An inspiring gift-edition of poetry and prose from the world's favorite monk-poet
In this day of mindless distraction, we’re desperate for reasons to put down our phones and reconnect with our spiritual selves. In time for the 50th anniversary of Thomas Merton's death in 1968, Silence, Joy is an invitation to slow down, take a breath, make a space for silence, and open up to joy.
Poet, monk, spiritual advisor, and social critic, Thomas Merton is a unique—and uniquely beloved—figure of the twentieth century, and this little rosary brings together his best-loved poems and prose. Drawn from classics like New Seeds Of Contemplation and The Way Of Chuang Tzu as well as less famous books, the writings in Silence, Joy offer the reader deep, calming stillness, flights of ecstatic praise, steadying words of wisdom, and openhearted laughter. Manna for Merton lovers and a warm embrace for novices, this slim collection is a delightful gift.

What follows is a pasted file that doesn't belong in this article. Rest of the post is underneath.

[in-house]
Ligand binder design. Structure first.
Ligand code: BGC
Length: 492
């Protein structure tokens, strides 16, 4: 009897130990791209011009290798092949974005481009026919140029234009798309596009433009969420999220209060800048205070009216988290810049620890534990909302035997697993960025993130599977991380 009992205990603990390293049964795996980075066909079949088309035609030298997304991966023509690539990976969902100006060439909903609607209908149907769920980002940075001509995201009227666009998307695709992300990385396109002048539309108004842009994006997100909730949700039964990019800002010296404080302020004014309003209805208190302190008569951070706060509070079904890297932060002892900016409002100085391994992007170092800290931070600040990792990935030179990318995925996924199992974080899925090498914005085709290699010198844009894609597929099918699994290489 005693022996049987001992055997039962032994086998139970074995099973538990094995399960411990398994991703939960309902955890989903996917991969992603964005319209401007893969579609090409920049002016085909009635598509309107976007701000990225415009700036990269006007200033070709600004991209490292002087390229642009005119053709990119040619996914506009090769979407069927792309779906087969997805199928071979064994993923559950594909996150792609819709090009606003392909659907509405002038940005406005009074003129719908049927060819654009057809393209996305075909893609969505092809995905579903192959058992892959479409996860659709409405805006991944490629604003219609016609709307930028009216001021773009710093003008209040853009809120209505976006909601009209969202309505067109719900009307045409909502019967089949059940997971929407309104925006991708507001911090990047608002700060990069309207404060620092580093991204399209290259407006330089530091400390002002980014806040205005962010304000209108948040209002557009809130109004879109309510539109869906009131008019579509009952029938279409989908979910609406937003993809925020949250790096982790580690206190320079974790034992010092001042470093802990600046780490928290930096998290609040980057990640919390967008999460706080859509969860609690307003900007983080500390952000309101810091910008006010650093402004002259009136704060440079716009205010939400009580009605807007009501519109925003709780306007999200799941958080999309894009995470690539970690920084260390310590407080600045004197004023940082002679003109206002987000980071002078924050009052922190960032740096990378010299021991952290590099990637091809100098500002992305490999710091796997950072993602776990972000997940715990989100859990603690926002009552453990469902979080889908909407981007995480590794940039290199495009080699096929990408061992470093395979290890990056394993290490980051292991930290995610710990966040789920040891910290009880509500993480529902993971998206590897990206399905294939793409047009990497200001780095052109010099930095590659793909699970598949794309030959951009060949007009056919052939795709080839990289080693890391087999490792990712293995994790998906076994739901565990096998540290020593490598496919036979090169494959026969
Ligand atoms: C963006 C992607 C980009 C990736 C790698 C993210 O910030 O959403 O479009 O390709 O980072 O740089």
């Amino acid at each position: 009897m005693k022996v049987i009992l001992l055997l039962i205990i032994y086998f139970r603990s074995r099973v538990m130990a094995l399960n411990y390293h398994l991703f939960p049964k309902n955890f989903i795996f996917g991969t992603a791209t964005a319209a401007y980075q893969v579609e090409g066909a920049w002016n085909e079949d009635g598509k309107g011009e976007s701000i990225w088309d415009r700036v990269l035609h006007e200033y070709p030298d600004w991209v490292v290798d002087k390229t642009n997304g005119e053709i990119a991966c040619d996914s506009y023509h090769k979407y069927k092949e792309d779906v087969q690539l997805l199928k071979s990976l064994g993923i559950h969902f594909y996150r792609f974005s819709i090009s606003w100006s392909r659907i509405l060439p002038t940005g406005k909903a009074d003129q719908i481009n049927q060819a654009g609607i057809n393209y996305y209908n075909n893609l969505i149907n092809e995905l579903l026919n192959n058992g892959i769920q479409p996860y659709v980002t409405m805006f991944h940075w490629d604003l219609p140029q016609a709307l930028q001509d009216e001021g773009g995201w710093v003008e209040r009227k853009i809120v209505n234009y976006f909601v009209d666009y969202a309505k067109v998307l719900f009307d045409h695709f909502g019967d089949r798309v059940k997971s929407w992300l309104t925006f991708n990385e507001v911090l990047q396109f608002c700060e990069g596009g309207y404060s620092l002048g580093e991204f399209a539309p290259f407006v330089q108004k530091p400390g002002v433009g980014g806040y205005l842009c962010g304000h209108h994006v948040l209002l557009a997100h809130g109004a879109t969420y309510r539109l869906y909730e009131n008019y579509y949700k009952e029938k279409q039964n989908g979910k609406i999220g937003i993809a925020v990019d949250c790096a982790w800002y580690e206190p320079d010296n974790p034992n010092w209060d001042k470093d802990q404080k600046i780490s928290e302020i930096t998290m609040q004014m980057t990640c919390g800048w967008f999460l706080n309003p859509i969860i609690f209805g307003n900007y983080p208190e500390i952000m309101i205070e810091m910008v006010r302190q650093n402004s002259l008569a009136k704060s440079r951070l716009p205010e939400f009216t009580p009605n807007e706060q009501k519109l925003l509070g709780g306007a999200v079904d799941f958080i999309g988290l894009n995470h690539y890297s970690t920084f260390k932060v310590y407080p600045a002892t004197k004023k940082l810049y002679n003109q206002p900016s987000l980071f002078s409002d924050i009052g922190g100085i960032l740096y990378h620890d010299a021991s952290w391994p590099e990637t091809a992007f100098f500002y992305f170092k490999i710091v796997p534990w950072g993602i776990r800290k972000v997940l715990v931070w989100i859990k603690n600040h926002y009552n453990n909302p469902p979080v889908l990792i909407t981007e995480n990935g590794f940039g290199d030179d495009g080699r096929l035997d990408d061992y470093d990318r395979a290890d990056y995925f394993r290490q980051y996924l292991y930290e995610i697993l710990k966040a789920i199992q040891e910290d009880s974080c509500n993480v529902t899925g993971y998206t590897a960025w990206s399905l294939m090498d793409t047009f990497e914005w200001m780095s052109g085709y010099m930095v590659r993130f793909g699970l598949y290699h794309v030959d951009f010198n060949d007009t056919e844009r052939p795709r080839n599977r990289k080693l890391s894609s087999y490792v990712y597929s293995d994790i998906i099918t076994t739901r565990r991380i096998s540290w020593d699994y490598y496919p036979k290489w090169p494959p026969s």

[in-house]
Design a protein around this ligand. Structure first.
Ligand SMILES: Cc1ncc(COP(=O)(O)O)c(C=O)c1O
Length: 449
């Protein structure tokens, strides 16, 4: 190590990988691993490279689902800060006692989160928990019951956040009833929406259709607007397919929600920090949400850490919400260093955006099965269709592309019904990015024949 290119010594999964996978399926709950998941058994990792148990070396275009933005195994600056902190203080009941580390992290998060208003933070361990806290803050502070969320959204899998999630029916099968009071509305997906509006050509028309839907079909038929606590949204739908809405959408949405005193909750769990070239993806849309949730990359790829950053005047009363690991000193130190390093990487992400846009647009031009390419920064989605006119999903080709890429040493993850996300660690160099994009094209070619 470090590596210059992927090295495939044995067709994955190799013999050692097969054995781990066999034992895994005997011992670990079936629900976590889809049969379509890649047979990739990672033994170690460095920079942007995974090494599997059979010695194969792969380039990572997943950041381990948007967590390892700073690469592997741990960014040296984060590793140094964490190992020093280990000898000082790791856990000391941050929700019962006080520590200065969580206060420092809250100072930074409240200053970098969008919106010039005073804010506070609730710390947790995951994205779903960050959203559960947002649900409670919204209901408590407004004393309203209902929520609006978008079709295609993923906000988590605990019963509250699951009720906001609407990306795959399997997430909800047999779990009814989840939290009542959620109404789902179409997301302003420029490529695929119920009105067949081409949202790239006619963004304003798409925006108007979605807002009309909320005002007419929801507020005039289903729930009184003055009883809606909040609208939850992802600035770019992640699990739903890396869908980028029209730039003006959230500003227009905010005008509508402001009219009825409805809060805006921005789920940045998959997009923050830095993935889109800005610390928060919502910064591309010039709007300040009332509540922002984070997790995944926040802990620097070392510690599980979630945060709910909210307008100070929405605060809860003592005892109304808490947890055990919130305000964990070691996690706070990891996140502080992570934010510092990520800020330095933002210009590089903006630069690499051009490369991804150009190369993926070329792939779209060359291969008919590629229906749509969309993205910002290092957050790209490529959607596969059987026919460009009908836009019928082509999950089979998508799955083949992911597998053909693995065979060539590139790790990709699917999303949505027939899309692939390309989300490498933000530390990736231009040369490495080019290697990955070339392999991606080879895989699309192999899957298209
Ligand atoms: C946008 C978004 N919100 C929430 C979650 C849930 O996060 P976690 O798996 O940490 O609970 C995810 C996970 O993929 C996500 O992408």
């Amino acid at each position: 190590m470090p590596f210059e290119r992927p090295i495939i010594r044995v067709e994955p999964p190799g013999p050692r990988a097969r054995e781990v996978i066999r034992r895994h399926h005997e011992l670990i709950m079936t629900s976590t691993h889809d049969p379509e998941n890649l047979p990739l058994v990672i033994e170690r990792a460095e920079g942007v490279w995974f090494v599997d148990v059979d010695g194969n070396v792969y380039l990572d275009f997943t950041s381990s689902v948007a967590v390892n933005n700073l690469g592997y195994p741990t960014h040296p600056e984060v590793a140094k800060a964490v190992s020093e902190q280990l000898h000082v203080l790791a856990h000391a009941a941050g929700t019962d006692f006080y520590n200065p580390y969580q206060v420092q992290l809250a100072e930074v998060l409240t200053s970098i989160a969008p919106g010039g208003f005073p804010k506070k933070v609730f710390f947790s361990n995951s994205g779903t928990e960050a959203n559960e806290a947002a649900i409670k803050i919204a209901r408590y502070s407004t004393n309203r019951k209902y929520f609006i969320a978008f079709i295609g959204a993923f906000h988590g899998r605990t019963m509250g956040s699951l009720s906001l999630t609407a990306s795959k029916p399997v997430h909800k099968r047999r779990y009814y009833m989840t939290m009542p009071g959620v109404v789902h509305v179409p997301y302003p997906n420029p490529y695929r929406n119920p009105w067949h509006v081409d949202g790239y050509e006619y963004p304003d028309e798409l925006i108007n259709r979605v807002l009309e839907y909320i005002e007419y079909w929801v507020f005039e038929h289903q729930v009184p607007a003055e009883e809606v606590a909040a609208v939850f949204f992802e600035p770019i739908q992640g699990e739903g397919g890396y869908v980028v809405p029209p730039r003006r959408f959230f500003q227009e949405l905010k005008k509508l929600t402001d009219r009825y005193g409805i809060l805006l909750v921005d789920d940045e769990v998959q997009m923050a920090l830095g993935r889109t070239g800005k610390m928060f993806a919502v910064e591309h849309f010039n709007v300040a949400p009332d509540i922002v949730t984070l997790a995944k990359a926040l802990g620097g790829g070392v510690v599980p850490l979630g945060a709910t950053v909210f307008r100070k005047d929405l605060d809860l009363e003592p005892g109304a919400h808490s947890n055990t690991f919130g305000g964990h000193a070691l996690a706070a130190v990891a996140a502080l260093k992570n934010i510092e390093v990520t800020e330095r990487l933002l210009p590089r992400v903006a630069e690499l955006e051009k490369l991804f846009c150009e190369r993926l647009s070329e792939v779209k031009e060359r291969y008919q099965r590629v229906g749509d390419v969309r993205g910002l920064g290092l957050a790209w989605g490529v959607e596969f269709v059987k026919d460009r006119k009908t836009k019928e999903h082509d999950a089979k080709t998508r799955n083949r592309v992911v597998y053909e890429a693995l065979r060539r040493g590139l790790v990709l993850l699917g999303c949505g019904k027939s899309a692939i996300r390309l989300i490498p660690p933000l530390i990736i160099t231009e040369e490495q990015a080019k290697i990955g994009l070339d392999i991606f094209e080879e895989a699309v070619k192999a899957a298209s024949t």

About the Author
Thomas Merton (1915-1968) entered the Cistercian Abbey of Gethsemani in Kentucky, following his conversion to Catholicism and was ordained in 1949. During the 1960s, he was increasingly drawn into a dialogue between Eastern and Western religions and was actively engaged with domestic issues of war and racism.
Silence, Joy is pocket-sized, but bursting with what made Merton great: he could be simultaneously dark and audaciously sentimental. So many of his lines ring perfectly true, even 50 years after his death.
— Nick Ripatrazone - The Millions
Thomas Merton remains a source of spiritual inspiration and a guide for many people—he opened new horizons for souls and for the Church.
— Pope Francis
Thomas Merton really is someone we can look up to. I always consider myself as one of his Buddhist brothers.
— The Dalai Lama
Merton possessed an extraordinary ability to connect with deep, universal places inside of people.
— Sue Monk Kidd
[This book] will help the reader address and overcome any one of a wide range of often common fears. . . . [W]hether the anxiety is minor or a more serious panic disorder, the good news is that one can address and overcome it.
— Thich Nhat Hanh